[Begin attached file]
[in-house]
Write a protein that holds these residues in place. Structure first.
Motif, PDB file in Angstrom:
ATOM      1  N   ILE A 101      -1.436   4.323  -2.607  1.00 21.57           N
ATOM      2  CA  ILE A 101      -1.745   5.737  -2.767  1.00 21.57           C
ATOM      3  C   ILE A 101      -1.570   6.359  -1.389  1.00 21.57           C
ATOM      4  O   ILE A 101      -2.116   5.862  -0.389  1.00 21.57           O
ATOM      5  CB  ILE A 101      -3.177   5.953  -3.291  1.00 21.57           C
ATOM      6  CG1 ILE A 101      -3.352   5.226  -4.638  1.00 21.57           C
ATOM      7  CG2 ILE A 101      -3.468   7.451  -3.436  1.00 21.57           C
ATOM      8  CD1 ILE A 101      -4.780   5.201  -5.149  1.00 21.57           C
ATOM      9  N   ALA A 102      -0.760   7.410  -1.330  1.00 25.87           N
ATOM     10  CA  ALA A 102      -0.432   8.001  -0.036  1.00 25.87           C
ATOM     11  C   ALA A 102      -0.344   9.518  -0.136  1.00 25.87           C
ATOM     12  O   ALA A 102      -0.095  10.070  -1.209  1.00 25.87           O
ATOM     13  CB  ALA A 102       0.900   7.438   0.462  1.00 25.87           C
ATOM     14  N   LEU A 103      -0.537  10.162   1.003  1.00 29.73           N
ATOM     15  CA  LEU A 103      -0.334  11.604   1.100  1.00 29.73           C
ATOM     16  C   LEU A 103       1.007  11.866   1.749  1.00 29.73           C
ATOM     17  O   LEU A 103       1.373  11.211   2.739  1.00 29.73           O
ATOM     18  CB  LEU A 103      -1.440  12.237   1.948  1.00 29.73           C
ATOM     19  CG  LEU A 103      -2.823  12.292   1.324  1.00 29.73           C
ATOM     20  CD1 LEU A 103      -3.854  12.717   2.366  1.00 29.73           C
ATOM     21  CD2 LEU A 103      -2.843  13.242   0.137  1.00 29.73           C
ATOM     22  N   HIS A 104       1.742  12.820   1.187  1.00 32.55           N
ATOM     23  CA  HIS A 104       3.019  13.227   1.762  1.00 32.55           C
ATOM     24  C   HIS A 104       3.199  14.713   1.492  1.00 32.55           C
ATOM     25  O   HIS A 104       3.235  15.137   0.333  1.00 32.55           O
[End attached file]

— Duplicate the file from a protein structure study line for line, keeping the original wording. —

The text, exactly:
[in-house]
Write a protein that holds these residues in place. Structure first.
Motif, PDB file in Angstrom:
ATOM      1  N   ILE A 101      -1.436   4.323  -2.607  1.00 21.57           N
ATOM      2  CA  ILE A 101      -1.745   5.737  -2.767  1.00 21.57           C
ATOM      3  C   ILE A 101      -1.570   6.359  -1.389  1.00 21.57           C
ATOM      4  O   ILE A 101      -2.116   5.862  -0.389  1.00 21.57           O
ATOM      5  CB  ILE A 101      -3.177   5.953  -3.291  1.00 21.57           C
ATOM      6  CG1 ILE A 101      -3.352   5.226  -4.638  1.00 21.57           C
ATOM      7  CG2 ILE A 101      -3.468   7.451  -3.436  1.00 21.57           C
ATOM      8  CD1 ILE A 101      -4.780   5.201  -5.149  1.00 21.57           C
ATOM      9  N   ALA A 102      -0.760   7.410  -1.330  1.00 25.87           N
ATOM     10  CA  ALA A 102      -0.432   8.001  -0.036  1.00 25.87           C
ATOM     11  C   ALA A 102      -0.344   9.518  -0.136  1.00 25.87           C
ATOM     12  O   ALA A 102      -0.095  10.070  -1.209  1.00 25.87           O
ATOM     13  CB  ALA A 102       0.900   7.438   0.462  1.00 25.87           C
ATOM     14  N   LEU A 103      -0.537  10.162   1.003  1.00 29.73           N
ATOM     15  CA  LEU A 103      -0.334  11.604   1.100  1.00 29.73           C
ATOM     16  C   LEU A 103       1.007  11.866   1.749  1.00 29.73           C
ATOM     17  O   LEU A 103       1.373  11.211   2.739  1.00 29.73           O
ATOM     18  CB  LEU A 103      -1.440  12.237   1.948  1.00 29.73           C
ATOM     19  CG  LEU A 103      -2.823  12.292   1.324  1.00 29.73           C
ATOM     20  CD1 LEU A 103      -3.854  12.717   2.366  1.00 29.73           C
ATOM     21  CD2 LEU A 103      -2.843  13.242   0.137  1.00 29.73           C
ATOM     22  N   HIS A 104       1.742  12.820   1.187  1.00 32.55           N
ATOM     23  CA  HIS A 104       3.019  13.227   1.762  1.00 32.55           C
ATOM     24  C   HIS A 104       3.199  14.713   1.492  1.00 32.55           C
ATOM     25  O   HIS A 104       3.235  15.137   0.333  1.00 32.55           O